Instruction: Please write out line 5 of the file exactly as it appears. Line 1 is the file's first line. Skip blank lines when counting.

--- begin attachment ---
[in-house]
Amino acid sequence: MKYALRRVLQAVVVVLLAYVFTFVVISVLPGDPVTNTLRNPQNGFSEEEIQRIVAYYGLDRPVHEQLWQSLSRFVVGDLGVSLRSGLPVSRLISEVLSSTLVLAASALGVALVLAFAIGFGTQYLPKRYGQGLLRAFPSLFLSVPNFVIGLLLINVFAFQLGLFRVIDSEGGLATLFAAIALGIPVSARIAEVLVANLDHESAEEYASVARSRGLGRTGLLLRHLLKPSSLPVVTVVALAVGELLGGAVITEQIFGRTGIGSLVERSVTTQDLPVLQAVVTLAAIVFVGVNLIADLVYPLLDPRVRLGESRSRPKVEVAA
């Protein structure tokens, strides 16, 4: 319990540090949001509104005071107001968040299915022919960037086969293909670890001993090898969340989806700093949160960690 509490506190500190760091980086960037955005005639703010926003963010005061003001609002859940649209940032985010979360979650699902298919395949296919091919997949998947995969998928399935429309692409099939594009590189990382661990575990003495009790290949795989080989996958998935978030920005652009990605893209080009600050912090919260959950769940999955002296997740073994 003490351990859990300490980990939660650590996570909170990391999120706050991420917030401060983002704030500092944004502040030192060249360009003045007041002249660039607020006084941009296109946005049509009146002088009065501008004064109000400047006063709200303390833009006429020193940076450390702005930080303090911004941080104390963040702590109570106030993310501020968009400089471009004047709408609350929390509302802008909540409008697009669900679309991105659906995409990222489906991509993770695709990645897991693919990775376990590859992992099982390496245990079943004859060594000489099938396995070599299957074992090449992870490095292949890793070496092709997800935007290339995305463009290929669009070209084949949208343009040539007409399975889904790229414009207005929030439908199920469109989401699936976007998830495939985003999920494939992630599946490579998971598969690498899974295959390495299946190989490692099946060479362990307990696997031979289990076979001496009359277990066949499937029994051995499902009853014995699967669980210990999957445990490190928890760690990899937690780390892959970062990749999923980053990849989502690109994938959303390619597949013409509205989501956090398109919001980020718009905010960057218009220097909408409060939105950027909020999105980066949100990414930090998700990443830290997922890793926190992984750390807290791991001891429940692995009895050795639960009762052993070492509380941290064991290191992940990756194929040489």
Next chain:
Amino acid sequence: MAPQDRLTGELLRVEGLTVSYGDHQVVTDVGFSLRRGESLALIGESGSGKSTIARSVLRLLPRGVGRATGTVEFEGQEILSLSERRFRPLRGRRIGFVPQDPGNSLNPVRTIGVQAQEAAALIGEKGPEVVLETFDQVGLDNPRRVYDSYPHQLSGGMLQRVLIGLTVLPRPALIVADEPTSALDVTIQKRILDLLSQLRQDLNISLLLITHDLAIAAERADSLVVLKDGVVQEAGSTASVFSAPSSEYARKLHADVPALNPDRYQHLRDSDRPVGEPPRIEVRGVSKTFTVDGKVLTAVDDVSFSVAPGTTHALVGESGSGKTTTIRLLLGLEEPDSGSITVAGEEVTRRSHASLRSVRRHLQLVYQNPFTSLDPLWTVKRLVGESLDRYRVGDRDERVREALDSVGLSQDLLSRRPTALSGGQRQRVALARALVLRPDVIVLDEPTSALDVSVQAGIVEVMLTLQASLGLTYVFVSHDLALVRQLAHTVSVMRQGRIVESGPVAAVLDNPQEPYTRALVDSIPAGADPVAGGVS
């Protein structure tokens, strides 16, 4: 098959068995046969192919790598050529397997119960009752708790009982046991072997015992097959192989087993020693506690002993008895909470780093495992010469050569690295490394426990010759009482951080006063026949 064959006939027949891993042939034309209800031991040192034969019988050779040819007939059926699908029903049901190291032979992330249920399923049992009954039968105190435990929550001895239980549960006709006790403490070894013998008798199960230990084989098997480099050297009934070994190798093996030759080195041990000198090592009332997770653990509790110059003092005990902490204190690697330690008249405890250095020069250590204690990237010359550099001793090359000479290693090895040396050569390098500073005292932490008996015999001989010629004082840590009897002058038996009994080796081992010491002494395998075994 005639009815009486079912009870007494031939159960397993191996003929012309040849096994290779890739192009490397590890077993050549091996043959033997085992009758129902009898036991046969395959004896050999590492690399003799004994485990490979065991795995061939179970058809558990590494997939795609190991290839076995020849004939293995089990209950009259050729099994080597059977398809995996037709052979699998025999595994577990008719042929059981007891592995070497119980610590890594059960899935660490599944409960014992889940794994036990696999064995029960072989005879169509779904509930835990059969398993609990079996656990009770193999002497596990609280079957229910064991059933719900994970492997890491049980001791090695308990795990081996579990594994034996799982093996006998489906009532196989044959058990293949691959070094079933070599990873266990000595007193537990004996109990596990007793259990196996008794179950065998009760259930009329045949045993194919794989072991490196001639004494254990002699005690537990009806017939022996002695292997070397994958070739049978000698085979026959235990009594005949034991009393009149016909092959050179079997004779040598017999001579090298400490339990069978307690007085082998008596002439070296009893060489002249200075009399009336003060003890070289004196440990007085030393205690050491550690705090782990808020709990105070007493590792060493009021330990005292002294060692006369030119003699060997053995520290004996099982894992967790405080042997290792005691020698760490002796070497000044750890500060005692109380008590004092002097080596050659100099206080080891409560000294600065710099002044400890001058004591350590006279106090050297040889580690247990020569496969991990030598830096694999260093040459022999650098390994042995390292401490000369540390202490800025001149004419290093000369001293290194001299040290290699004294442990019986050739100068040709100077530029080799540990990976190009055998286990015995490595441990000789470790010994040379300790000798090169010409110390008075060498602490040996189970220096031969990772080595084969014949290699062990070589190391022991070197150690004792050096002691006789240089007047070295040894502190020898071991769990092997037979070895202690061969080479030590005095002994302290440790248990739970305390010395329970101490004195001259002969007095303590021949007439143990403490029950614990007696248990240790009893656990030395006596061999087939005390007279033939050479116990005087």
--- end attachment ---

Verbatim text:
Amino acid sequence: MAPQDRLTGELLRVEGLTVSYGDHQVVTDVGFSLRRGESLALIGESGSGKSTIARSVLRLLPRGVGRATGTVEFEGQEILSLSERRFRPLRGRRIGFVPQDPGNSLNPVRTIGVQAQEAAALIGEKGPEVVLETFDQVGLDNPRRVYDSYPHQLSGGMLQRVLIGLTVLPRPALIVADEPTSALDVTIQKRILDLLSQLRQDLNISLLLITHDLAIAAERADSLVVLKDGVVQEAGSTASVFSAPSSEYARKLHADVPALNPDRYQHLRDSDRPVGEPPRIEVRGVSKTFTVDGKVLTAVDDVSFSVAPGTTHALVGESGSGKTTTIRLLLGLEEPDSGSITVAGEEVTRRSHASLRSVRRHLQLVYQNPFTSLDPLWTVKRLVGESLDRYRVGDRDERVREALDSVGLSQDLLSRRPTALSGGQRQRVALARALVLRPDVIVLDEPTSALDVSVQAGIVEVMLTLQASLGLTYVFVSHDLALVRQLAHTVSVMRQGRIVESGPVAAVLDNPQEPYTRALVDSIPAGADPVAGGVS